Testimony of Jeffrey L. McIntyre, President, West Virginia American Water, before the House Transportation and Infrastructure Committee

2/10/2014 at 9:00 AM
Updated Press Release - "West Virginia American Water President Provides Testimony to House Transportation and Infrastructure Committee on West Virginia Chemical Spill Response"

2/9/2014 at 6:20 PM
Answers to Top Questions About Your Water ad in today's Charleston Sunday Gazette-Mail

2/7/2014 at 3:50 PM - Official Center for Disease Control Information
To read more about how the Center for Disease Control determined acceptable levels of MCHM and PPH in drinking water in response to the Jan. 9 Elk River chemical spill, click here.

2/4/2014 at 9:20 AM
Updated Press Release - "West Virginia American Water Expanding Credit for Small Business Customers"

1/30/2014 at 6 PM
Updated Press Release - "West Virginia American Water Responds to Governor Tomblin’s Request for Additional Bottled Water"

1/30/2014 at 9:00 AM
A note to our customers in today's Charleston Gazette and Charleston Daily Mail

1/29/2014 at 4:45 PM
Updated Press Release - "West Virginia American Water Responds to Media Reports Regarding Formaldehyde"

1/24/2014 at 11:30 AM
Link to WV Department of Homeland Security and Emergency Management Page

1/27/2014 at 5:15 PM
Updated Press Release - West Virginia American Water Issues Update on Water Sampling and Test Results

1/22/2014 at 4:00 PM
Updated Press Release - West Virginia American Water Issues Update on Water Sampling and Test Results


 

1/22/2014 at 3:00 PM
Updated Statement

PPH  Statement

Yesterday after learning that Freedom Industries identified an additional chemical, referred to as "PPH," that was part of the January 9, 2014 chemical spill, the interagency response team – including the W.Va. Bureau for Public Health, West Virginia American Water and National Guard – met to determine the best course of action for re-testing historical samples for this newly disclosed material. 

According to a statement to the W. Va. Bureau for Public Health yesterday evening, the CDC indicates that given the small amount of PPH in the tank and the initial review of currently available toxicologic information, the information does not suggest any new health concerns associated with the release of PPH. The interagency team has determined that the WVDHHR is best positioned to discuss additional health-related questions about this chemical.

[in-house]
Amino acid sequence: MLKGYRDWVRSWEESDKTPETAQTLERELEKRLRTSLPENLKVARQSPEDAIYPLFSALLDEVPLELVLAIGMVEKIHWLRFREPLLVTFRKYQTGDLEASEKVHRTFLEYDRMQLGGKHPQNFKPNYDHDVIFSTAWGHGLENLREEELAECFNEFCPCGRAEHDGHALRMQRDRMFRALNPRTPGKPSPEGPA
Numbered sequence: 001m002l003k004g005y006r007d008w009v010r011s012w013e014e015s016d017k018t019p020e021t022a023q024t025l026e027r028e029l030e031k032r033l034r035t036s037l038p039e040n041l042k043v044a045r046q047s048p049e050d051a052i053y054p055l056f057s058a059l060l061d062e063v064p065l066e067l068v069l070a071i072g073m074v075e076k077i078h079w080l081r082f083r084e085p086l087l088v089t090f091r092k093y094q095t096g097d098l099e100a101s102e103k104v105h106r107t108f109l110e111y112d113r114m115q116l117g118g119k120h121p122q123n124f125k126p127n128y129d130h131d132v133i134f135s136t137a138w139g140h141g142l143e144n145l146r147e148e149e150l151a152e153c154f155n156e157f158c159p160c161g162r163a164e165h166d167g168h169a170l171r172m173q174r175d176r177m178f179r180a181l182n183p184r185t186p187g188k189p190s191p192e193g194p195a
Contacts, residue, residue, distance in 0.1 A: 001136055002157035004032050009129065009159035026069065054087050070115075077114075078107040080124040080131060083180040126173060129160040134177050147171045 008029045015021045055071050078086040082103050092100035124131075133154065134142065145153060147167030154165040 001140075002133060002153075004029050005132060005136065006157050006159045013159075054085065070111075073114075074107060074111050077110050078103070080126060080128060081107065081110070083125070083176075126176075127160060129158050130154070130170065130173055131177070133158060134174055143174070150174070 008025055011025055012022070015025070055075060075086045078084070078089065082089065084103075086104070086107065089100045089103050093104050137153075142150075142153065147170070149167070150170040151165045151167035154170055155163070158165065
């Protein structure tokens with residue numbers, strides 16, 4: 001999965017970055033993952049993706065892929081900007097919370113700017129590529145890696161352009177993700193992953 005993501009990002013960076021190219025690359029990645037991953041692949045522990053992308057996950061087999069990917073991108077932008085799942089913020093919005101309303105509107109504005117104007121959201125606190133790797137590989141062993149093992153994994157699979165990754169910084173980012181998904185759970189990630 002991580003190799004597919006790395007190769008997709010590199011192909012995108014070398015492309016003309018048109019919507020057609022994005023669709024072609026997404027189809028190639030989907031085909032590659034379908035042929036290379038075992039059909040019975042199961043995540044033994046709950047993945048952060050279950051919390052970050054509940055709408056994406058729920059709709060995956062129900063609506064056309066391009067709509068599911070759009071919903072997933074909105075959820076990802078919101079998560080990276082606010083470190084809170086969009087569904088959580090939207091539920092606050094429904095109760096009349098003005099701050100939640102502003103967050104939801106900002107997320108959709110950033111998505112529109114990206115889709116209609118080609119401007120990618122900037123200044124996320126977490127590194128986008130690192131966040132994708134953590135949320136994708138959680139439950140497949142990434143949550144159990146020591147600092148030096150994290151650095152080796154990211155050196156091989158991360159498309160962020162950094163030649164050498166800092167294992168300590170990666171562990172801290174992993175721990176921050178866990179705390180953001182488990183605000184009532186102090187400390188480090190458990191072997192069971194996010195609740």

West Virginia American Water has multiple laboratories, including MATRIC (Mid-Atlantic Technology, Research & Innovation Center) in South Charleston, testing water samples and analyzing data, and we will share those results when available. The water samples being tested are samples collected both before and after the “Do Not Use” order was lifted. Customers do not need to flush or take any additional action at this time. The interagency team will communicate with our customers the water sample results we obtain from this new round of testing. 

 

1/19/2014 at 9:45 PM
Updated FAQ - Our Next Steps

1/19/2014 at 1:50 PM

Do Not Use Order Lifted/Map Removed

West Virginia American Water has removed the map because the Do Not Use order has been lifted for all customers served by the Kanawha Valley Treatment Plant. Please continue to visit this web page for updates.

Please note the CDC advises that, “At this time, scientists continue to recommend 1 ppm as a protective level to prevent adverse health effects. However, due to limited availability of data, and out of an abundance of caution, you may wish to consider an alternative drinking water source for pregnant women until the chemical is at non-detectable levels in the water distribution system.”

This experience has been extremely difficult for the people served by our Kanawha Valley Treatment Plant, but we are going to get through it by working together, and we thank our customers for their patience and understanding.

1/18/2014 at 2:30 PM
Updated Press Release - Do Not Drink/Limited Contact Notice Lifted for Buffalo, Frazier’s Bottom and Pliny Customers

1/17/2014 at 12:50 PM
Updated Press Release - “Do Not Use” Order Lifted for Last Remaining Customer Area in Clendenin



1/17/2014 at 6:50 AM
Updated Press Release - Do Not Drink/Limited Contact Notice for Buffalo, Frazier’s Bottom and Pliny Customers

1/16/14 at 8:00 PM
Updated FAQs

1/16/2014 at 12:30 PM
Water Quality FAQs - If have questions related to health concerns, the Poison Center has been designated to address these issues. You can contact them at 1.800.222.1222.

1/14/14 at 5:30 p.m.
Pressure Zones: The process of lifting the water ban

1/13/14 at 1:19 PM
How to flush your system material.


1/12/14 at 5:30 PM
Updated Water Distribution Centers